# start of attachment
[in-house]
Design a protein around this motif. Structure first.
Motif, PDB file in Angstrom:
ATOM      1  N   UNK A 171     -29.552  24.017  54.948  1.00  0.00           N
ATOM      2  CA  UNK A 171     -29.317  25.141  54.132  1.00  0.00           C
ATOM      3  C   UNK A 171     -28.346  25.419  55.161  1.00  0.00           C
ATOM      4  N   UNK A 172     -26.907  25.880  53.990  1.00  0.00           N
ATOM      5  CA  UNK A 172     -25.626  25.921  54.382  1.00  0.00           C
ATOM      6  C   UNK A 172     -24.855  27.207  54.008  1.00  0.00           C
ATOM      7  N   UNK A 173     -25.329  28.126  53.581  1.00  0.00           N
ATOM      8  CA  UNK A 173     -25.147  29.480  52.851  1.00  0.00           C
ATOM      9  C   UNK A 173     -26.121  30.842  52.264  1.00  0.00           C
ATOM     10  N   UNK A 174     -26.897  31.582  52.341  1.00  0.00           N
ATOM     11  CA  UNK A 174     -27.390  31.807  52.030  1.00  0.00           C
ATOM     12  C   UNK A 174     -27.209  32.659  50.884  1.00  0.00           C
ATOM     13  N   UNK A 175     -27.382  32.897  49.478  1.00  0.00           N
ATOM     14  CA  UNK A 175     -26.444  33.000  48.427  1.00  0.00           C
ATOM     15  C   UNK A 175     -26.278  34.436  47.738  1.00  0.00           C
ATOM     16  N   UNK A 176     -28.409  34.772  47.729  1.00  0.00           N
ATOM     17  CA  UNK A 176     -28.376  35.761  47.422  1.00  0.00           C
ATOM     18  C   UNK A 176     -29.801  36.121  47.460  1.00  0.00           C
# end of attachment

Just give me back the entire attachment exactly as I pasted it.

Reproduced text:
[in-house]
Design a protein around this motif. Structure first.
Motif, PDB file in Angstrom:
ATOM      1  N   UNK A 171     -29.552  24.017  54.948  1.00  0.00           N
ATOM      2  CA  UNK A 171     -29.317  25.141  54.132  1.00  0.00           C
ATOM      3  C   UNK A 171     -28.346  25.419  55.161  1.00  0.00           C
ATOM      4  N   UNK A 172     -26.907  25.880  53.990  1.00  0.00           N
ATOM      5  CA  UNK A 172     -25.626  25.921  54.382  1.00  0.00           C
ATOM      6  C   UNK A 172     -24.855  27.207  54.008  1.00  0.00           C
ATOM      7  N   UNK A 173     -25.329  28.126  53.581  1.00  0.00           N
ATOM      8  CA  UNK A 173     -25.147  29.480  52.851  1.00  0.00           C
ATOM      9  C   UNK A 173     -26.121  30.842  52.264  1.00  0.00           C
ATOM     10  N   UNK A 174     -26.897  31.582  52.341  1.00  0.00           N
ATOM     11  CA  UNK A 174     -27.390  31.807  52.030  1.00  0.00           C
ATOM     12  C   UNK A 174     -27.209  32.659  50.884  1.00  0.00           C
ATOM     13  N   UNK A 175     -27.382  32.897  49.478  1.00  0.00           N
ATOM     14  CA  UNK A 175     -26.444  33.000  48.427  1.00  0.00           C
ATOM     15  C   UNK A 175     -26.278  34.436  47.738  1.00  0.00           C
ATOM     16  N   UNK A 176     -28.409  34.772  47.729  1.00  0.00           N
ATOM     17  CA  UNK A 176     -28.376  35.761  47.422  1.00  0.00           C
ATOM     18  C   UNK A 176     -29.801  36.121  47.460  1.00  0.00           C